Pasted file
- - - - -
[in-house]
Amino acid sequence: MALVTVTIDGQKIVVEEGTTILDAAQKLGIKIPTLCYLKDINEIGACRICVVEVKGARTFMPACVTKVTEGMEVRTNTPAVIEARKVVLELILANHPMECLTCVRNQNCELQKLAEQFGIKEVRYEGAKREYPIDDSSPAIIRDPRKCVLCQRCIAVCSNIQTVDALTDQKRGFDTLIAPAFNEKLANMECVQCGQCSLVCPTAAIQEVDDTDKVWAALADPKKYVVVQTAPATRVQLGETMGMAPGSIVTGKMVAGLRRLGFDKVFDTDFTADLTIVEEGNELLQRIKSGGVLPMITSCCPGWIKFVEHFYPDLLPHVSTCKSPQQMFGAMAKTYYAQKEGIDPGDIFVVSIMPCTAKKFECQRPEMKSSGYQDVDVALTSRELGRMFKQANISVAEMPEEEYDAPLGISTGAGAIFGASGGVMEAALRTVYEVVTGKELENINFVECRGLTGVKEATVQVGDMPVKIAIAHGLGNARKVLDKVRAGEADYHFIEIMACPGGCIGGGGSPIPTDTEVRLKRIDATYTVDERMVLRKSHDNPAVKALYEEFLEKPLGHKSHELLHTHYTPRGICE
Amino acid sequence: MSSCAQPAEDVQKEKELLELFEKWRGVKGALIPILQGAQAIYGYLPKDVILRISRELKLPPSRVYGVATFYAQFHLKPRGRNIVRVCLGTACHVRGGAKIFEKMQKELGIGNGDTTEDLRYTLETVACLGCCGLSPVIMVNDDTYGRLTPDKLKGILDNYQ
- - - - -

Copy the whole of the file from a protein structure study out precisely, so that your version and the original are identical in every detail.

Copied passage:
[in-house]
Amino acid sequence: MALVTVTIDGQKIVVEEGTTILDAAQKLGIKIPTLCYLKDINEIGACRICVVEVKGARTFMPACVTKVTEGMEVRTNTPAVIEARKVVLELILANHPMECLTCVRNQNCELQKLAEQFGIKEVRYEGAKREYPIDDSSPAIIRDPRKCVLCQRCIAVCSNIQTVDALTDQKRGFDTLIAPAFNEKLANMECVQCGQCSLVCPTAAIQEVDDTDKVWAALADPKKYVVVQTAPATRVQLGETMGMAPGSIVTGKMVAGLRRLGFDKVFDTDFTADLTIVEEGNELLQRIKSGGVLPMITSCCPGWIKFVEHFYPDLLPHVSTCKSPQQMFGAMAKTYYAQKEGIDPGDIFVVSIMPCTAKKFECQRPEMKSSGYQDVDVALTSRELGRMFKQANISVAEMPEEEYDAPLGISTGAGAIFGASGGVMEAALRTVYEVVTGKELENINFVECRGLTGVKEATVQVGDMPVKIAIAHGLGNARKVLDKVRAGEADYHFIEIMACPGGCIGGGGSPIPTDTEVRLKRIDATYTVDERMVLRKSHDNPAVKALYEEFLEKPLGHKSHELLHTHYTPRGICE
Amino acid sequence: MSSCAQPAEDVQKEKELLELFEKWRGVKGALIPILQGAQAIYGYLPKDVILRISRELKLPPSRVYGVATFYAQFHLKPRGRNIVRVCLGTACHVRGGAKIFEKMQKELGIGNGDTTEDLRYTLETVACLGCCGLSPVIMVNDDTYGRLTPDKLKGILDNYQ